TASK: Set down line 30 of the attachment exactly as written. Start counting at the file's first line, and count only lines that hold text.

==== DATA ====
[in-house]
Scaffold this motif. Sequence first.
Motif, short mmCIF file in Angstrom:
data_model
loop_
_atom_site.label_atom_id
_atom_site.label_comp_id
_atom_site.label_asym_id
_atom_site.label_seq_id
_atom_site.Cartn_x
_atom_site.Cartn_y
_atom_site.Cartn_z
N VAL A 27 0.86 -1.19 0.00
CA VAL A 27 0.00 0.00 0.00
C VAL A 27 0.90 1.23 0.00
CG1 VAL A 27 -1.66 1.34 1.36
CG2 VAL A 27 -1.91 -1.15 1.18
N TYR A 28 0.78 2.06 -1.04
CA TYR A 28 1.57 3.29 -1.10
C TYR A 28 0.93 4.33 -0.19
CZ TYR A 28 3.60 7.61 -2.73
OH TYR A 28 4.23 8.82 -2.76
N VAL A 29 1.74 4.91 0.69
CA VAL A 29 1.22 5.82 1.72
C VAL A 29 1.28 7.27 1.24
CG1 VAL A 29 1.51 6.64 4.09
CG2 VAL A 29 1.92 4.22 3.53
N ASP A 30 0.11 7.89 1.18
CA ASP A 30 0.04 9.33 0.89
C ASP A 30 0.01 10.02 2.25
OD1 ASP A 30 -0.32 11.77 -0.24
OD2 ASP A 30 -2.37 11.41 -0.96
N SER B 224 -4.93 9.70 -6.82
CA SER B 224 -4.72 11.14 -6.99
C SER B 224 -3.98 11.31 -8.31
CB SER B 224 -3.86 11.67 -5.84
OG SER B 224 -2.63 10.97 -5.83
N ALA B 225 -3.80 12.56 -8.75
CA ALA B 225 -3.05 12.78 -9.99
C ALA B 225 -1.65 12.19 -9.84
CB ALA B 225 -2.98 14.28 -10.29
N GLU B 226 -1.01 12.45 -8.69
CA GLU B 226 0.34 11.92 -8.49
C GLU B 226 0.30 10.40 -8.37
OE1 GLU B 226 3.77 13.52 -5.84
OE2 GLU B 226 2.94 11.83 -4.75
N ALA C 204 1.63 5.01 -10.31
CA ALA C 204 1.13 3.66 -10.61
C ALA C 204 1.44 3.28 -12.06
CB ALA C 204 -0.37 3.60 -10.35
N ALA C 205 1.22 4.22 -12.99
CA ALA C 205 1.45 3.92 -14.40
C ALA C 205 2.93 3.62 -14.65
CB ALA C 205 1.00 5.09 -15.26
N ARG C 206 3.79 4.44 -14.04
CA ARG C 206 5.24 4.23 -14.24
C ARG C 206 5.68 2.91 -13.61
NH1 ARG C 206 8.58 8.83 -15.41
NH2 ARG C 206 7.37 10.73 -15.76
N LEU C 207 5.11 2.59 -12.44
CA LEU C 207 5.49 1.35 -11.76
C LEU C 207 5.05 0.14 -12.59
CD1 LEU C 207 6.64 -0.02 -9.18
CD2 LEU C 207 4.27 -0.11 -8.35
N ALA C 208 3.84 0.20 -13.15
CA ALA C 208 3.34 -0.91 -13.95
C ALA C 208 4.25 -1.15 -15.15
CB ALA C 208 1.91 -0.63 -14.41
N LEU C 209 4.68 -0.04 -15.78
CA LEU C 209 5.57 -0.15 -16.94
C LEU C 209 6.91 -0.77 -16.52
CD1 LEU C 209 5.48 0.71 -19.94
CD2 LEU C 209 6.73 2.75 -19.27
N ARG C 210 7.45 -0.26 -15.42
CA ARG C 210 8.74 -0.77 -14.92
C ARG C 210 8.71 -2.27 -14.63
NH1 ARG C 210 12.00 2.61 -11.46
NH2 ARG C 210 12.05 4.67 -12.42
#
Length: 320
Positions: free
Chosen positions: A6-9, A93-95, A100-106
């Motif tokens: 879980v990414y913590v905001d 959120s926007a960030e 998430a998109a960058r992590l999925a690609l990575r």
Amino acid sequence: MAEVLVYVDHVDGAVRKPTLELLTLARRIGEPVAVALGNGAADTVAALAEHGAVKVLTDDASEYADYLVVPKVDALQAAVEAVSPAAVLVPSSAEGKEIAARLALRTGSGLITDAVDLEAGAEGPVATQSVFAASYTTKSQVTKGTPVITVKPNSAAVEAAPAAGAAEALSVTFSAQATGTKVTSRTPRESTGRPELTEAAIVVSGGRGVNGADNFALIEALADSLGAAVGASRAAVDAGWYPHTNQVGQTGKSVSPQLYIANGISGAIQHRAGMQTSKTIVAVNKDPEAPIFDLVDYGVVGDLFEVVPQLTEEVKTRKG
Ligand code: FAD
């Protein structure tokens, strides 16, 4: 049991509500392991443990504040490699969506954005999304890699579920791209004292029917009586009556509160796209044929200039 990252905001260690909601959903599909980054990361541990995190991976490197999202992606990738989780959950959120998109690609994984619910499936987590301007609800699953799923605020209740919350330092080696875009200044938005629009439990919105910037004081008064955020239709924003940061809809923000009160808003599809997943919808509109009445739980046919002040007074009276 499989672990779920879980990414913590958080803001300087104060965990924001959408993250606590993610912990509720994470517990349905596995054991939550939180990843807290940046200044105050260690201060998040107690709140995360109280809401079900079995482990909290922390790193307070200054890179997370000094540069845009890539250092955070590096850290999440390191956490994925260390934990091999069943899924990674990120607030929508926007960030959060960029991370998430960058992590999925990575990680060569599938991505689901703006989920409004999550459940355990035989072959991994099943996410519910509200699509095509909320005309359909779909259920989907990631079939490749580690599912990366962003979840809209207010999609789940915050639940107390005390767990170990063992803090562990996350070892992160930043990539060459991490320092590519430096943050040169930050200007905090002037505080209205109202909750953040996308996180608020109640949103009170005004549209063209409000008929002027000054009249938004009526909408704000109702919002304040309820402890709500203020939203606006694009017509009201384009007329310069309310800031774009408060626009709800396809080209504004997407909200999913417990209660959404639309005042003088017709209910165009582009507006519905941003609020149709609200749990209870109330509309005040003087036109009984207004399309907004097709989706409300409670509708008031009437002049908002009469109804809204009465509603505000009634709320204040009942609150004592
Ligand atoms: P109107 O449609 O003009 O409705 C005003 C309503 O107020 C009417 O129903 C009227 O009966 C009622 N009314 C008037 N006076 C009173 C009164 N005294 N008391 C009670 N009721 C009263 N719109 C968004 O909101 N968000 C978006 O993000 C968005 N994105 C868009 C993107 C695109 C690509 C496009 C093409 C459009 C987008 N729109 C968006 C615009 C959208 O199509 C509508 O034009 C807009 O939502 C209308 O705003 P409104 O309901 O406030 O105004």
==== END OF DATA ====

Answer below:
C ASP A 30 0.01 10.02 2.25